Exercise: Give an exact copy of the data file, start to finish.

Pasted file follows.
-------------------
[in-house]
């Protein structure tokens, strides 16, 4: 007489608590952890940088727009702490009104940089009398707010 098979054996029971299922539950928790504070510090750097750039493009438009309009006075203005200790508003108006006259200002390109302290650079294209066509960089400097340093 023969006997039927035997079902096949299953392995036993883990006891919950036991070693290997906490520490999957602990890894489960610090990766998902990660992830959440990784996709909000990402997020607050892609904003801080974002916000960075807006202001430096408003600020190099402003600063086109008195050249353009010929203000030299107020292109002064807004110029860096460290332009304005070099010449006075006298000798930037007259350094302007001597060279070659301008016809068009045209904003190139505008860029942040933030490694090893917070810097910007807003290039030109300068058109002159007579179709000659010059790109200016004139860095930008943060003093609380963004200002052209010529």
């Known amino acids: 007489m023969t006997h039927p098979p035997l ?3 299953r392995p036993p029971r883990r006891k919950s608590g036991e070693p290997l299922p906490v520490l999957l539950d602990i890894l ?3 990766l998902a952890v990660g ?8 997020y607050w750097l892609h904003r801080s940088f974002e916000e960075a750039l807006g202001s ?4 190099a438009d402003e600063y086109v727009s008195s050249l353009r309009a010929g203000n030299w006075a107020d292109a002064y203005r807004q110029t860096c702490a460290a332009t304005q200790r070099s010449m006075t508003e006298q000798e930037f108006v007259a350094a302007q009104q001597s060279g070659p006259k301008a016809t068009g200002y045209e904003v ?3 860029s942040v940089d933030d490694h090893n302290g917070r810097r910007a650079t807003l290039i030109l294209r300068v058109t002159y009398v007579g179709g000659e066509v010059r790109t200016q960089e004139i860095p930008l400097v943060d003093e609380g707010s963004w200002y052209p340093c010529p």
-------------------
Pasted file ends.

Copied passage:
[in-house]
């Protein structure tokens, strides 16, 4: 007489608590952890940088727009702490009104940089009398707010 098979054996029971299922539950928790504070510090750097750039493009438009309009006075203005200790508003108006006259200002390109302290650079294209066509960089400097340093 023969006997039927035997079902096949299953392995036993883990006891919950036991070693290997906490520490999957602990890894489960610090990766998902990660992830959440990784996709909000990402997020607050892609904003801080974002916000960075807006202001430096408003600020190099402003600063086109008195050249353009010929203000030299107020292109002064807004110029860096460290332009304005070099010449006075006298000798930037007259350094302007001597060279070659301008016809068009045209904003190139505008860029942040933030490694090893917070810097910007807003290039030109300068058109002159007579179709000659010059790109200016004139860095930008943060003093609380963004200002052209010529």
């Known amino acids: 007489m023969t006997h039927p098979p035997l ?3 299953r392995p036993p029971r883990r006891k919950s608590g036991e070693p290997l299922p906490v520490l999957l539950d602990i890894l ?3 990766l998902a952890v990660g ?8 997020y607050w750097l892609h904003r801080s940088f974002e916000e960075a750039l807006g202001s ?4 190099a438009d402003e600063y086109v727009s008195s050249l353009r309009a010929g203000n030299w006075a107020d292109a002064y203005r807004q110029t860096c702490a460290a332009t304005q200790r070099s010449m006075t508003e006298q000798e930037f108006v007259a350094a302007q009104q001597s060279g070659p006259k301008a016809t068009g200002y045209e904003v ?3 860029s942040v940089d933030d490694h090893n302290g917070r810097r910007a650079t807003l290039i030109l294209r300068v058109t002159y009398v007579g179709g000659e066509v010059r790109t200016q960089e004139i860095p930008l400097v943060d003093e609380g707010s963004w200002y052209p340093c010529p």